Cyber-shot DSC-T33 ($450) is the follow-up to
the Cyber-shot DSC-T1, which was one of the most
popular cameras of 2004. (Okay, there was a DSC-T3
too, but it was never sold here in the U.S.) The
T33 doesn't change very much from the T1, aside from
its refined body design and new "hybrid" LCD.
The features from the old T1 that have carried over
to the T33 include a 3X optical zoom lens, 5.1 Megapixel
CCD, 2.5" LCD, and point-and-shoot operation.
How does the ultra-thin DSC-T33 perform
in our tests? Find out now in our review!
What's in the Box?
The DSC-T33 has an average bundle.
Inside the box, you'll find:
- The 5.1 effective Megapixel Cyber-shot
- 32MB Memory Stick Duo card w/adapter
- NP-FT1 rechargeable lithium-ion
- Battery charger / AC adapter
- Cyber-shot Station camera dock
- Tripod adapter
- Wrist strap
- USB cable
- A/V cable
- CD-ROM featuring Sony Picture Package
software, ImageMixer VCD2, USB drivers, and Cyber-shot
- 140 page camera manual (printed)
Sony includes a 32MB Memory Stick
Duo card with the DSC-T33. This is a decent starter
size, but you'll want a larger card right away if you
plan on taking more than a handful of images or movies.
I'd recommend 256MB as a good place to start (cards
as large as 2GB are now available). Memory Stick Duo
cards are smaller than regular Memory Sticks, but don't
worry, there's an adapter included that will let you
use the Duo cards in a regular Memory Stick slot. Do
note that Memory Stick's tend to be more expensive
that other memory card formats such as SD or CompactFlash.
The DSC-T33 uses the same NP-FT1 battery
as its predecessor. This compact battery packs just
2.4 Wh of energy, which is pretty much as low as you'll
find on a digital camera. Despite that, the T33 is
able to take 180 shots per charge (measured using the
CIPA standard), which isn't bad at all for a camera
in this class (better than the Canon SD300 or the Panasonic
The usual caveats about proprietary
batteries apply here. They're expensive ($50 a pop)
and you can't use "regular batteries" to
get you throw the day in an emergency. One thing I
do like about the InfoLithium battery used by the T33
is that it tells you exactly how many minutes you have
left before you run out of juice.
Front view of the
Cyber-shot Station and DSC-T33
Here's the back
view, with the A/V, USB, and DC-in ports visible
There are two ways to charge the T33's
battery. You can plug the AC adapter directly into
the bottom of the camera, or you can use the included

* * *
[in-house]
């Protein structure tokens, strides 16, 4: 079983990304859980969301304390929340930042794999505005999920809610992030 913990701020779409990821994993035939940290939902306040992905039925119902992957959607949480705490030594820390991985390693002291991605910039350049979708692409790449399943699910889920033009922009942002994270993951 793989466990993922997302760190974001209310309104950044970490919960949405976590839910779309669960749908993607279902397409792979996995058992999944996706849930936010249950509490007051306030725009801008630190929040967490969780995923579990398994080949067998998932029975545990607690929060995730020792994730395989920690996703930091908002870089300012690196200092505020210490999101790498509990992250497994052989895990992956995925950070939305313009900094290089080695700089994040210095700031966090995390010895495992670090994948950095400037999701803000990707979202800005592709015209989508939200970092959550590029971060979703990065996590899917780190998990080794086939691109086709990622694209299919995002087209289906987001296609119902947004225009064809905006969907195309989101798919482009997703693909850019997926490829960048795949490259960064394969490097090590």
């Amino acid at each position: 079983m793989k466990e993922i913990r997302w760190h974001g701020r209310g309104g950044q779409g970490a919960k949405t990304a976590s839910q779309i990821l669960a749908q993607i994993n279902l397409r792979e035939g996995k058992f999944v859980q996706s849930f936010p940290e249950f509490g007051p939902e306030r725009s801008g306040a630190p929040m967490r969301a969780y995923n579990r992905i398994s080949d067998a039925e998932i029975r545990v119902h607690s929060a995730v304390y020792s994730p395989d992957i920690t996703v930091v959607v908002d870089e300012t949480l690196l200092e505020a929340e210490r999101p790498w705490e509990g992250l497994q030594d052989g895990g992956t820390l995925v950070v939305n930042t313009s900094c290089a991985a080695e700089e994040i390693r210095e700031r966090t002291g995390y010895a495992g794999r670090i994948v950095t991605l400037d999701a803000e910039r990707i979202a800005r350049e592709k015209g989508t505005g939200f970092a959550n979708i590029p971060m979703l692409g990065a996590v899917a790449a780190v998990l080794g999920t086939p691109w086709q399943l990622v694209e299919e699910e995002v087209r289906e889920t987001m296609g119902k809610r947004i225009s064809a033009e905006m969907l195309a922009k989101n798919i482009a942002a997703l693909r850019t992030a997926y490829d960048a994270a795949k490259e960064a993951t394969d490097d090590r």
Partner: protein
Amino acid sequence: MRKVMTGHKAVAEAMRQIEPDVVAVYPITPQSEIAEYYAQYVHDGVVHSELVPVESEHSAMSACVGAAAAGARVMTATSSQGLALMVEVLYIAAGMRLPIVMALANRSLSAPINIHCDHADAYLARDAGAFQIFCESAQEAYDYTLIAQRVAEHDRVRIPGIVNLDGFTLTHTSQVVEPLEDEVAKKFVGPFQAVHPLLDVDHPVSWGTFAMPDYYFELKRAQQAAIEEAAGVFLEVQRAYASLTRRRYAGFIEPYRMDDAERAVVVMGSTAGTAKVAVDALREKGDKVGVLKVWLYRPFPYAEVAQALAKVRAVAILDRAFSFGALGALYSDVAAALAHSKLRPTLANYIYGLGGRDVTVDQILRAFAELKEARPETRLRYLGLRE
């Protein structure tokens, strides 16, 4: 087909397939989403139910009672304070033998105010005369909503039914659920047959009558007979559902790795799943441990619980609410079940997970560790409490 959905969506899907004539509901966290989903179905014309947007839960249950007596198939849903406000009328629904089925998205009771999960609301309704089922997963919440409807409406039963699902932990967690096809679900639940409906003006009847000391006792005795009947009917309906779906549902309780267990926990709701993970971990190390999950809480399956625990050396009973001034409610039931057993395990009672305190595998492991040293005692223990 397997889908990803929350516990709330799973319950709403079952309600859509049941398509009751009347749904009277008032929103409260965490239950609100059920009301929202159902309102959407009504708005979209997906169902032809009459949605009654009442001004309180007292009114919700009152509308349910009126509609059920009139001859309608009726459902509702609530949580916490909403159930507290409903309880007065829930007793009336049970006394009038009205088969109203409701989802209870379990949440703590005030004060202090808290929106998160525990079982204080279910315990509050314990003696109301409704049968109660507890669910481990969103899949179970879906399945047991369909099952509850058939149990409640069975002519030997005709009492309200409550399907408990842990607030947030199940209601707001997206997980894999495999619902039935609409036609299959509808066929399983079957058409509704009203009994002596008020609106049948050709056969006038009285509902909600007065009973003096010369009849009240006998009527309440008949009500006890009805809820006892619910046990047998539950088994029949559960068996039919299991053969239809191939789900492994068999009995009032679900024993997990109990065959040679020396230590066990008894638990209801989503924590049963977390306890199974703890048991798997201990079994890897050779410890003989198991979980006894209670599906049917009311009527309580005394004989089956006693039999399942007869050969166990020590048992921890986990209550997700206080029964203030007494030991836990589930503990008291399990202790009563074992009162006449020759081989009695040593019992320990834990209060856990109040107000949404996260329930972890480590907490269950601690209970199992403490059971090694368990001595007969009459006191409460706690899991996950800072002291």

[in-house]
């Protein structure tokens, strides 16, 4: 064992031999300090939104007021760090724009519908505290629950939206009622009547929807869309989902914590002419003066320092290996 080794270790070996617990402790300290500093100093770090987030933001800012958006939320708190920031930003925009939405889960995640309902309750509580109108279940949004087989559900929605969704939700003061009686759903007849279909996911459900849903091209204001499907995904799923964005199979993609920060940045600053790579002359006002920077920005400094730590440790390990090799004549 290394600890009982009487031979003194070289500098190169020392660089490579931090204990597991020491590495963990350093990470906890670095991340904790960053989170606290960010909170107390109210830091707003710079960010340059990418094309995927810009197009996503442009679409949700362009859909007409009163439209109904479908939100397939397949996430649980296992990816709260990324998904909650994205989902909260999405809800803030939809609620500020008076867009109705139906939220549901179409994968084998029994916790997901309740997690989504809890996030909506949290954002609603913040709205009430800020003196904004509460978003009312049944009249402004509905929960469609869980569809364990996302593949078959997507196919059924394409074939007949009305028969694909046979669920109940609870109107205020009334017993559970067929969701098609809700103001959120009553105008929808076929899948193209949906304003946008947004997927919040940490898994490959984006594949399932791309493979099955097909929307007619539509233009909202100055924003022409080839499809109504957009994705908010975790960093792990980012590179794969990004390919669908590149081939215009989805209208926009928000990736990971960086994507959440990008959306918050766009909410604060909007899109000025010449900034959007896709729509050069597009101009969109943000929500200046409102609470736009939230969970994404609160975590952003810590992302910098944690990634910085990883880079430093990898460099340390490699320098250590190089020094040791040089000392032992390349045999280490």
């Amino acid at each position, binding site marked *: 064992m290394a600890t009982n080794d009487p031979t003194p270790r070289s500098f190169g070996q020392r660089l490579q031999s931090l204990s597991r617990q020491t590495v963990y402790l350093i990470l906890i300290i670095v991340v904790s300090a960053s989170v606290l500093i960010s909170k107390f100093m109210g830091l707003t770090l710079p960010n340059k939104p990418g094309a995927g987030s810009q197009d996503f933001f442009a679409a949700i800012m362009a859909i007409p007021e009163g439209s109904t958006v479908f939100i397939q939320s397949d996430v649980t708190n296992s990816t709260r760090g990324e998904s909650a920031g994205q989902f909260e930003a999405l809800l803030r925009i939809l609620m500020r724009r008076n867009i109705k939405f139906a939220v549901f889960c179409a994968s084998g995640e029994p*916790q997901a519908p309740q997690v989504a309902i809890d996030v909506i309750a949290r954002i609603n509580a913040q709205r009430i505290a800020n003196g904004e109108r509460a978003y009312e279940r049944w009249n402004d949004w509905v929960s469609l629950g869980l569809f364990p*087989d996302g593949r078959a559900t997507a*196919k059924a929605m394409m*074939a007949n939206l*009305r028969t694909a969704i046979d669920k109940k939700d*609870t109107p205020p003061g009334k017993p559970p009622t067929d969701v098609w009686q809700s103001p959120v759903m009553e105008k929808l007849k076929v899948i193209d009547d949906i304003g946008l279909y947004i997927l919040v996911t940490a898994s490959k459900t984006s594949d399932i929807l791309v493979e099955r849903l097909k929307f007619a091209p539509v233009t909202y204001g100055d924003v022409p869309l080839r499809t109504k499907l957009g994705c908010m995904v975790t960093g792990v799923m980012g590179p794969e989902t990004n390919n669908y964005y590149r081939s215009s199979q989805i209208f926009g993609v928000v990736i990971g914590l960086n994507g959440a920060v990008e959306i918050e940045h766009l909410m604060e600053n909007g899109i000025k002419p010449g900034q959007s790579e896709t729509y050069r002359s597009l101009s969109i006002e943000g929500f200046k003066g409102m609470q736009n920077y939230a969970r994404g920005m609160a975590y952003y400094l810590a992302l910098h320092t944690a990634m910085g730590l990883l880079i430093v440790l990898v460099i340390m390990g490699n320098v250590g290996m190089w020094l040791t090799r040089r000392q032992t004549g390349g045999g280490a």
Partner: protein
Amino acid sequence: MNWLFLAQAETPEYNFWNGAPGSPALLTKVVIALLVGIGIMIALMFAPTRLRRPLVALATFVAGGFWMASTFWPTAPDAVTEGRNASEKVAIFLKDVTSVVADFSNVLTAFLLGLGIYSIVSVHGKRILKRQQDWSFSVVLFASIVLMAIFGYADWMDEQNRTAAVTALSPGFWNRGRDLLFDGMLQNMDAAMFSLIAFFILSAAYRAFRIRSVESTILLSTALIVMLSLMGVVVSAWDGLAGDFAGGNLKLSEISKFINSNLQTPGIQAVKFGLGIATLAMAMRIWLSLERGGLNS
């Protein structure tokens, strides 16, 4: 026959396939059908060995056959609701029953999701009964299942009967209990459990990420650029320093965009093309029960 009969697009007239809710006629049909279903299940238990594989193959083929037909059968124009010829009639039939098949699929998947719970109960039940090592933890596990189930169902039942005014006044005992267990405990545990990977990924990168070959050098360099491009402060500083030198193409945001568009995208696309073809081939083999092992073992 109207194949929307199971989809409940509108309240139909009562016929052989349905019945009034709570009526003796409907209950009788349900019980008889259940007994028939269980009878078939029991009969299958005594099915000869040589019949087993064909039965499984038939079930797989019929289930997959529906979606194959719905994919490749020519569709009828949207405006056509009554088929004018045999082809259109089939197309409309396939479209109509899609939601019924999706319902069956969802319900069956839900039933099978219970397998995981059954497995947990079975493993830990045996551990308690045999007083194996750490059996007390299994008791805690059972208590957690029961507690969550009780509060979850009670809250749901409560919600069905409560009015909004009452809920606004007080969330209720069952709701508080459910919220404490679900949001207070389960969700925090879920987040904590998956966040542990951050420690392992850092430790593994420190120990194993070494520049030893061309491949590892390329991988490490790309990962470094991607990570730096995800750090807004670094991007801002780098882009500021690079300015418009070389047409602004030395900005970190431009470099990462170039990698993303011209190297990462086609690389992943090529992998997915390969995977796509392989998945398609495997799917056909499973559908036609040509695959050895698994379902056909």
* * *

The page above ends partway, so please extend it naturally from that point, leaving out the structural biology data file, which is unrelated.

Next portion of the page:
Cyber-Shot Station camera dock (shown above).
While the dock is optional for battery
charging, you must use it if you're planning on connecting
to a TV or your PC. The USB port here supports the
USB 2.0 High Speed protocol. Don't worry, though, it'll
work on your old computer too!
The dock has another other important
function that you'll find out about later in the review.
The best news about the T33's new
design: no more sliding door on the front of the camera!
Now there's a small cover over the lens which opens
and closing automatically when you press the power
button. As you can hopefully see here, this is one
There aren't too many accessories
available for the DSC-T33. The most exciting is probably
the MPK-THB underwater case (around $150), which lets
you take your T33 up to 40 meters underwater. Other
accessories include a portable battery charger ($60),
car battery charger kit ($70), and a few camera cases
($27 and up).
viewer (Windows only)
Sony includes Picture Package for
Windows as the main image viewing application. And "viewing" is
about all it does -- you can print and rotate your
images, but that's it. The software can also create
slideshows with music or burn your photos to a CD-R
Mac users don't get to use PicturePackage
(you can use the camera with iPhoto just fine). Instead,
they get ImageMixer VCD2 and the Image Data Converter.
ImageMixer is used to create a Video CD from your images.
VideoCDs are kind of like a poor man's DVD -- not as
good, but usable.
The best part of the software package
is the Cyber-shot Life tutorial, which is Windows only.
Here, a girl and her dog show you how to use your camera.
While it's a little cheesy, the tutorial is far more
useful for learning the ins and outs of your camera
than the manual. Do note that it's not camera-specific,
but that shouldn't matter since Sony's cameras have
a lot in common with each other.
I don't think I've ever read a Sony
manual that I thought was good, whether on a $300 camera
or $3000 television. The one included with the T33
is complete, but cluttered, complex, and poorly-organized.
Look and Feel
The DSC-T33 is a sleeker version of
the old DSC-T1, with the biggest changes found on the
front of the camera. As I said, the best news it that
the dumb sliding door on the front of the camera is
gone! What hasn't changed: the camera is still all-metal,
very thin, and it can go anywhere you do. Most of the
controls are well-placed and easy to reach, save for
the power button.
Now let's see how the T33 compares
in terms of size, volume, and weight when compared
to the competition:
(W x H x D, excluding protrusions)
x 2.1 x 0.8 in.
x 2.2 x 1.3 in.
x 2.3 x 0.9 in.
x 2.2 x 0.7 in.
Minolta DiMAGE G600
x 2.2 x 1.2 in.
Minolta DiMAGE X50
x 2.4 x 0.9 in.
x 2.5 x 0.6 in.
x 2.4 x 1.4 in.
x 2.2 x 1.2 in.
Stylus Verve S
x 2.2 x 1.1 in.
x 2.0 x 1.0 in.
x 2.0 x 0.8 in.
x 2.4 x 0.8 in.
x 2.4 x 0.9 in.
Yes, the DSC-T33 is actually larger
yet lighter than its predecessor. Believe it or not
it's actually one of the larger cameras in this class
-- sure doesn't feel like it!
With that out of the way, let's begin
our tour of the camera now, beginning, as always, with
The DSC-T33 has the same "folding
lens design" as the DSC-T1. What that means is
that the light comes through the front of the lens,
is reflected downward by a prism, and goes down the